Instead of addressing the hundreds of individual factors that influence our weight, the and trial lawyers have honed in on food — arguably the most lucrative target. At the same time, they’ve ignored a crucial factor that is the subject of an article in Sunday’s New York Times. According to Times reporter Gina Kolata, “the rise in obesity is a classic case of unintended consequences.” In this case, Kolata explains, much of the problem results from the decline of the “truly lethal habit” of cigarette smoking.

Kolata talked with CDC researcher Dr. David Williamson, who argues that smoking cessation has made us a fatter nation, but also a healthier one. Paraphrasing Williamson, Kolata writes that “a nation with an expanding waistline is in far better shape than one with a cigarette in its mouth.” After all, we’ve seen life expectancy go “up by more than six years over the past three decades, and heart disease, long the major killer, is on the wane.”

Dr. Neil Grunberg of the Uniformed Services University told the Times that smokers who quit “gain about 10 to 12 pounds on average,” in part because their metabolisms have slowed down. Several studies have quantified the effects of this phenomenon. A National Bureau of Economic Research study found that for every 10 percent hike in cigarette taxes, the number of obese Americans increased by 2 percent. Considering that we’ve seen a 164 percent increase in cigarette taxes since 1980, the authors believe that as much as 20 percent of the recent increase in obesity is due to Americans’ declining tobacco habits. Co-author Michael Grossman notes in a recent essay:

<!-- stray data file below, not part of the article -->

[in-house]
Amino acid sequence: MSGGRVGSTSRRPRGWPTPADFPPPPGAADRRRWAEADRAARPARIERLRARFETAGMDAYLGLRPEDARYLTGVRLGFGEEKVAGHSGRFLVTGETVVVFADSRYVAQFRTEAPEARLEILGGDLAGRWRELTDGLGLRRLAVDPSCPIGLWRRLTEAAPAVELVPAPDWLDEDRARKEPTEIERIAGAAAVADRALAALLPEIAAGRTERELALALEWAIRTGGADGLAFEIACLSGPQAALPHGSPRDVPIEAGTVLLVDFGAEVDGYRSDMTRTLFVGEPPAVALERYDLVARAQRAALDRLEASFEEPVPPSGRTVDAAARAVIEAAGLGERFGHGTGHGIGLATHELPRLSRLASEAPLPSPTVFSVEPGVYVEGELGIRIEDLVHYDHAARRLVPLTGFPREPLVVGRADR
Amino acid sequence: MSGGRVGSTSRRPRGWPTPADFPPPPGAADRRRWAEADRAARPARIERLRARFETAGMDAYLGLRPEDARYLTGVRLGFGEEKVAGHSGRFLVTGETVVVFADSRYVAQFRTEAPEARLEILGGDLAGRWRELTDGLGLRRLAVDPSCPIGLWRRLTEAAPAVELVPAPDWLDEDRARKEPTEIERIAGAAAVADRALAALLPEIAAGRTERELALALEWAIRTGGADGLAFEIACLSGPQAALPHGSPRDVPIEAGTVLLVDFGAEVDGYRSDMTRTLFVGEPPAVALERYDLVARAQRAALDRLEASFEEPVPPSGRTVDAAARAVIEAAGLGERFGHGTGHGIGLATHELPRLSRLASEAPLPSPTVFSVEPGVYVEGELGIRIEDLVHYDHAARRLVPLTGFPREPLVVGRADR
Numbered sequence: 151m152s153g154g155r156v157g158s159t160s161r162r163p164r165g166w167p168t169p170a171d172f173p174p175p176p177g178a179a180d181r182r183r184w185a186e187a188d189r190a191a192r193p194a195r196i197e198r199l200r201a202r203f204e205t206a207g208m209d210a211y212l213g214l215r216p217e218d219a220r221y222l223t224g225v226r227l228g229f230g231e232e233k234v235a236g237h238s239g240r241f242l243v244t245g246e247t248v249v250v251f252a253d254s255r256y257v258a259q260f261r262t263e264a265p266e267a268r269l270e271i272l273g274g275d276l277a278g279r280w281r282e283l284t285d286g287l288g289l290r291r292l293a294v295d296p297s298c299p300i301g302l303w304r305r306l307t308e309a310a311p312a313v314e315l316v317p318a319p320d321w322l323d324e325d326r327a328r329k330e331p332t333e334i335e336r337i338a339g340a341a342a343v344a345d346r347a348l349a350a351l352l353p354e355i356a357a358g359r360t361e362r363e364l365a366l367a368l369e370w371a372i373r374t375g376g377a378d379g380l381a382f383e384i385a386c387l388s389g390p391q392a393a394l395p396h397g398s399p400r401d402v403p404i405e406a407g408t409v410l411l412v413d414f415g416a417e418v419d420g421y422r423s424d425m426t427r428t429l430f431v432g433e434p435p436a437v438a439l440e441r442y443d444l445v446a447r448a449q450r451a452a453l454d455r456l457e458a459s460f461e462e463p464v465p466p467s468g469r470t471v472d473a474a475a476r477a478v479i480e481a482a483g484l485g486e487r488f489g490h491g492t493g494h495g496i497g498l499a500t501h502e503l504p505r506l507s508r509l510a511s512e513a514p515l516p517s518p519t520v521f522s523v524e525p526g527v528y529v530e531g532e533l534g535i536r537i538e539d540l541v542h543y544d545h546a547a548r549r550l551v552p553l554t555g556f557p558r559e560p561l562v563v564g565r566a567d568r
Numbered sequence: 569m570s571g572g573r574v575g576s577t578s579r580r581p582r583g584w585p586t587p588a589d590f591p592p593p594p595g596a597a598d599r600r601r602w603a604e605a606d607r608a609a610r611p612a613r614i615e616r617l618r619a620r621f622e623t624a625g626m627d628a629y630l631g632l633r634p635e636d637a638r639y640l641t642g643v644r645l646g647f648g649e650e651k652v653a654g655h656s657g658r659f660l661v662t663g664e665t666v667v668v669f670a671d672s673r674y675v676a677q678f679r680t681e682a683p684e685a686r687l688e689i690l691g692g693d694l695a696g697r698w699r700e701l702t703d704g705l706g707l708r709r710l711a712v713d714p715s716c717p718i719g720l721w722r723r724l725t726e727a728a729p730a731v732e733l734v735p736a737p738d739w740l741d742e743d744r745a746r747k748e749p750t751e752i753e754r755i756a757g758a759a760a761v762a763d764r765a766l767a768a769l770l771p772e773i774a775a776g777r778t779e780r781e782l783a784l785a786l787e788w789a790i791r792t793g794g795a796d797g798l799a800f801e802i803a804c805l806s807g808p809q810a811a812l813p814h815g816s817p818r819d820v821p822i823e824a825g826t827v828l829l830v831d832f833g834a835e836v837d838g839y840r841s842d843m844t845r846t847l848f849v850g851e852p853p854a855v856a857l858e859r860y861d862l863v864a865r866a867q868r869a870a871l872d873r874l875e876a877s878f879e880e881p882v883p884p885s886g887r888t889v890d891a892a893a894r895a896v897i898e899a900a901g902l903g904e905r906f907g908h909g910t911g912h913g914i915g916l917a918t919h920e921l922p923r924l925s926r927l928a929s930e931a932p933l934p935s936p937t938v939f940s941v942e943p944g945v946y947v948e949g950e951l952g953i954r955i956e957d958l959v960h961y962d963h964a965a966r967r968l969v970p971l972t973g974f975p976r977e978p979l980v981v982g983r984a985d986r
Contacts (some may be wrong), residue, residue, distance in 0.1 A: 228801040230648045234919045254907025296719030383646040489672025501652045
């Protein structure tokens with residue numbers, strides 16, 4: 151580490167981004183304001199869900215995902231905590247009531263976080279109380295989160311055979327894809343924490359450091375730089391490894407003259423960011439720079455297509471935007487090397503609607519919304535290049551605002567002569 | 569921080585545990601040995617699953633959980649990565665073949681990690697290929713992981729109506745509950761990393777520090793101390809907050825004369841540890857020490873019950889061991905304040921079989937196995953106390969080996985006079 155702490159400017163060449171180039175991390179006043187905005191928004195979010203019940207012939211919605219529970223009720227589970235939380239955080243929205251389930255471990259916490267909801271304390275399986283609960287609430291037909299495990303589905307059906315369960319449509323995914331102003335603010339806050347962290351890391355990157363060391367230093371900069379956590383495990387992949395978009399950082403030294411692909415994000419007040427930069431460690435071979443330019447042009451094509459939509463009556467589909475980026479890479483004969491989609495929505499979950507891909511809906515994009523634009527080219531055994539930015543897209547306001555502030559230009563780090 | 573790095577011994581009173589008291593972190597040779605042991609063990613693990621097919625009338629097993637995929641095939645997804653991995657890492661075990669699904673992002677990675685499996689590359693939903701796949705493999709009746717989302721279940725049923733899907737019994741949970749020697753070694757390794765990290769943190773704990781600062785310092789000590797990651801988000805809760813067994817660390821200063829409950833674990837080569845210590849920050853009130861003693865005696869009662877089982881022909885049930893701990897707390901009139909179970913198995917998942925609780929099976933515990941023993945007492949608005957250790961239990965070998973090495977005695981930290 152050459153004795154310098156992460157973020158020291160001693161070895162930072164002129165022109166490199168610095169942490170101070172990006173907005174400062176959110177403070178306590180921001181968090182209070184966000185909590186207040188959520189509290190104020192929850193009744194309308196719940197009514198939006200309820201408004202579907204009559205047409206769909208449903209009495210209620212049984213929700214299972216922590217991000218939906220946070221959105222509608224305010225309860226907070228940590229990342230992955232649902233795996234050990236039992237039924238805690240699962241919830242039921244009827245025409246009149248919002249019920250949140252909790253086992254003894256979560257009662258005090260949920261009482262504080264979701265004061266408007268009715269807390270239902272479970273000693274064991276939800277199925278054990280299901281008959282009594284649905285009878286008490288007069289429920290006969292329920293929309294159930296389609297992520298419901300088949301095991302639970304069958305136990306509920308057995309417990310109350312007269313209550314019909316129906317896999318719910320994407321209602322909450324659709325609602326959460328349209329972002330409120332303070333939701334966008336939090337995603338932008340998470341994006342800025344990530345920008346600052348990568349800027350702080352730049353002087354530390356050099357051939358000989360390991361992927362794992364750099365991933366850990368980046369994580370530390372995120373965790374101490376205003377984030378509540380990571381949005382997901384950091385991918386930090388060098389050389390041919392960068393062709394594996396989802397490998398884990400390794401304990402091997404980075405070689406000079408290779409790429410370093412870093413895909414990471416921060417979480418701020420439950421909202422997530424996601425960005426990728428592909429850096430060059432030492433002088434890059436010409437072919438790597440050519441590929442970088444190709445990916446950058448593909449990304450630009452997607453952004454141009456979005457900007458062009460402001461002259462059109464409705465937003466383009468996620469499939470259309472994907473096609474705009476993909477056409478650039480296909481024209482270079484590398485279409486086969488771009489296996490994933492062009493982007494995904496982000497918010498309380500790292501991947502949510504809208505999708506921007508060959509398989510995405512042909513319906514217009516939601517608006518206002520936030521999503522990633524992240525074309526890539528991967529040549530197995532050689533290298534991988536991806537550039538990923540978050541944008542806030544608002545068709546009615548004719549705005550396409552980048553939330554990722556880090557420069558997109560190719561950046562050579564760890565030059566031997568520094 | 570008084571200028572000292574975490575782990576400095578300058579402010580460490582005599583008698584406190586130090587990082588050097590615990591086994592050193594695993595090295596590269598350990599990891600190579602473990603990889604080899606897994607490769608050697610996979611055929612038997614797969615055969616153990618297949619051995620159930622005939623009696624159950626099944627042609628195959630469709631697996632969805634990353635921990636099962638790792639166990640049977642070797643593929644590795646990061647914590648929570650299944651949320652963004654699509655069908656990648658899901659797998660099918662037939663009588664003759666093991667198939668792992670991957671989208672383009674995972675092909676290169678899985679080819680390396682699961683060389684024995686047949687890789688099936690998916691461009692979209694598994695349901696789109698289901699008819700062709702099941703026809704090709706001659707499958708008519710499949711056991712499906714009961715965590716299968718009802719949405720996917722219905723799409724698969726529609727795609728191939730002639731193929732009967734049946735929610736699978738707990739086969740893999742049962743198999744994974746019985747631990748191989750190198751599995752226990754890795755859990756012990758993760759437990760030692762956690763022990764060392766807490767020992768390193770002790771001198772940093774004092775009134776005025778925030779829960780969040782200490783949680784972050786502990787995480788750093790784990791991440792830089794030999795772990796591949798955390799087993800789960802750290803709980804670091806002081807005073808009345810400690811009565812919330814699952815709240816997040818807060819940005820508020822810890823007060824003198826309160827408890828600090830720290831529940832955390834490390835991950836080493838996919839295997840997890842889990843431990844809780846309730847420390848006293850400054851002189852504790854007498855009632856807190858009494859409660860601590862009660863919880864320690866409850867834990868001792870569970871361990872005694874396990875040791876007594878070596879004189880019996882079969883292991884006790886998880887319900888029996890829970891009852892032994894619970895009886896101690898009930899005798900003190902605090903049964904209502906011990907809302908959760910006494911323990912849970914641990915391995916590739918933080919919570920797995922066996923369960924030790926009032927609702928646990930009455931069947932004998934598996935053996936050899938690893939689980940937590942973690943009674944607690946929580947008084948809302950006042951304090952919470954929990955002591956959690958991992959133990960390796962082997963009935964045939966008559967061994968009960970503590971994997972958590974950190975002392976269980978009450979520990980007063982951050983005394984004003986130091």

Cigarette smoking is still the largest cause of premature death among Americans; pushing smokers to quit will have obvious health benefits. But our results and those of other economists also suggest that these efforts contribute to the rising prevalence of obesity.

CDC researcher Katharine Flegal corroborates Grossman’s point in an article recently published in The New England Journal of Medicine:

Among smokers who had quit within the past 10 years, there was a large increase in the prevalence of overweight … Among men, approximately a quarter of the increase in overweight (2.3 of 9.6 percentage points) and among women, approximately a sixth (1.3 of 8.0 percentage points) could be attributed to the cessation of smoking.

Flegal told the Times that the effect of smoking cessation on obesity “may be even bigger” than her study indicates, because of the people who “never smoked in the first place.” Add to that a canon of research indicating that physical inactivity is a far greater factor, as opposed to eating habits.

“I sure would like for people not to be obese,” Dr. Williamson told the Times. But he added that if people got that way because they didn’t smoke, then “maybe the sky isn’t falling quite as much as we think it is.”